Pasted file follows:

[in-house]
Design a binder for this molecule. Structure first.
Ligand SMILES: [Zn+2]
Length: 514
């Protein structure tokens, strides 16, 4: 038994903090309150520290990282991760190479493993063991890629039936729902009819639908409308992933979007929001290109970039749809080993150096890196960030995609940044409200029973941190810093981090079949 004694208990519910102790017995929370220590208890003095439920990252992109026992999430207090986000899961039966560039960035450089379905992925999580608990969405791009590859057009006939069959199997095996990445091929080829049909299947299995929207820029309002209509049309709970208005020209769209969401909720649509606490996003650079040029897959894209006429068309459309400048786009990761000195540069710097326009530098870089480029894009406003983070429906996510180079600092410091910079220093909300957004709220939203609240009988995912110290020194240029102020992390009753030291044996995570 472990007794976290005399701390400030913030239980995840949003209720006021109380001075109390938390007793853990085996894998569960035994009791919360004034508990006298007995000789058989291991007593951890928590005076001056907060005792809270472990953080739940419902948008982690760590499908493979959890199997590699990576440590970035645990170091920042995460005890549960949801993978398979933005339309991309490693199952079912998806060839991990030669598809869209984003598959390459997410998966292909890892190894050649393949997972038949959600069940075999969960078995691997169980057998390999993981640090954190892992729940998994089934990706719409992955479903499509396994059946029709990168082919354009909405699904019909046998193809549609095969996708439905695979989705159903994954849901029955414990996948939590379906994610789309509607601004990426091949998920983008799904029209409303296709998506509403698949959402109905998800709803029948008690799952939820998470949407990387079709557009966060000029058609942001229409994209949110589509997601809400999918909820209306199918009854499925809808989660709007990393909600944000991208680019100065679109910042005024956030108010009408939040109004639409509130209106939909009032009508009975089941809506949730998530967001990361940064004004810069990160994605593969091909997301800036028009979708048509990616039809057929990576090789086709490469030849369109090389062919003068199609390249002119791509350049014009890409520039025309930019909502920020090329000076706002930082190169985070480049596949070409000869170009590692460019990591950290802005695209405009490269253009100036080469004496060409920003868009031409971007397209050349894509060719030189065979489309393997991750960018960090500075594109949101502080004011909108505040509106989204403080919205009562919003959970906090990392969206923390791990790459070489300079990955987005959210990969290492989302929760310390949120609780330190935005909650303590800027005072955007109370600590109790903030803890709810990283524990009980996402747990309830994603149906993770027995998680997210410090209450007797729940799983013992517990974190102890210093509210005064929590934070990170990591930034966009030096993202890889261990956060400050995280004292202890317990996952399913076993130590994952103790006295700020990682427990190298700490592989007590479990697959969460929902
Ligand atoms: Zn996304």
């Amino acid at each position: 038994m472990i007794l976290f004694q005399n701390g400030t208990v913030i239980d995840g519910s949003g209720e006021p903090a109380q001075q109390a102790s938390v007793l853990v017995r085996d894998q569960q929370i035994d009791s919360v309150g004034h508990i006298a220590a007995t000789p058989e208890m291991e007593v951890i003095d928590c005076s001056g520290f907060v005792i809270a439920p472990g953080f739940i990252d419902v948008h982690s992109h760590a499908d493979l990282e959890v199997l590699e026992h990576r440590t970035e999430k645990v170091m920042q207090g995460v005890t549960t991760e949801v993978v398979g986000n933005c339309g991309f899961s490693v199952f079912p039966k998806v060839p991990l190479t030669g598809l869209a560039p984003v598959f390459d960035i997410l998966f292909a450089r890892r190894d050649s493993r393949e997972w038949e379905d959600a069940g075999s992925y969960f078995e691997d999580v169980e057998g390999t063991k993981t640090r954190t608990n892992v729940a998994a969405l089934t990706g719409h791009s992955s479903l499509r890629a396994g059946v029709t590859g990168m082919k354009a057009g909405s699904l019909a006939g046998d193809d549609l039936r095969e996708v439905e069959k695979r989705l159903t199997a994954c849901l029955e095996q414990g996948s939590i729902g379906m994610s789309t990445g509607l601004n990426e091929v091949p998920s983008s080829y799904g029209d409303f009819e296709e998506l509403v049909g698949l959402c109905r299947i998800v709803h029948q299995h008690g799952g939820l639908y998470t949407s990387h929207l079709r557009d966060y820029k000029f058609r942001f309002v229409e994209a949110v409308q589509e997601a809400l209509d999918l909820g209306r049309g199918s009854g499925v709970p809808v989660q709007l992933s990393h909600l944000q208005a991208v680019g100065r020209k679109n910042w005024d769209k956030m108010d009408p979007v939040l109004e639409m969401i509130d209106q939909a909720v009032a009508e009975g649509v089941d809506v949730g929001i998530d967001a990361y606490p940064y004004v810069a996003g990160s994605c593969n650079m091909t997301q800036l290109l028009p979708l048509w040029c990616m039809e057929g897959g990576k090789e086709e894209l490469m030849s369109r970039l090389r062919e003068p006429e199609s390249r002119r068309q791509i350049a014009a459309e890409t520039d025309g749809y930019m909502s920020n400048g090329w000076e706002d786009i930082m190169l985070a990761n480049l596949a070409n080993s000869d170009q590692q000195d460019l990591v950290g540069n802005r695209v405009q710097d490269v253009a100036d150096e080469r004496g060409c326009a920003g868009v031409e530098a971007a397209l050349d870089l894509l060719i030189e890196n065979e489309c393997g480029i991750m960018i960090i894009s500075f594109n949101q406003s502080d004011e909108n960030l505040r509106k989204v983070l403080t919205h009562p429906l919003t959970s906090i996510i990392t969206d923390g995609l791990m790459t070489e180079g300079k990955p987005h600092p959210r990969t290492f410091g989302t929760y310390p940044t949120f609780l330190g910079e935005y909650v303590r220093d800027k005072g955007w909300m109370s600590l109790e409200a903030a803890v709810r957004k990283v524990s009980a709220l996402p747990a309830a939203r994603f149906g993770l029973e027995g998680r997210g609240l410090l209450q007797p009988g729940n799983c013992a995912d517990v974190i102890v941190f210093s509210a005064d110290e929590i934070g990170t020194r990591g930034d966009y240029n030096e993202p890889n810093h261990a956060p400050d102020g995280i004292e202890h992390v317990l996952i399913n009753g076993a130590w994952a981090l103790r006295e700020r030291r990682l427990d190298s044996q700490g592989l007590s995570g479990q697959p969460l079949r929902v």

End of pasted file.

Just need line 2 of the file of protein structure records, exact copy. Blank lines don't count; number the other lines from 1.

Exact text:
Design a binder for this molecule. Structure first.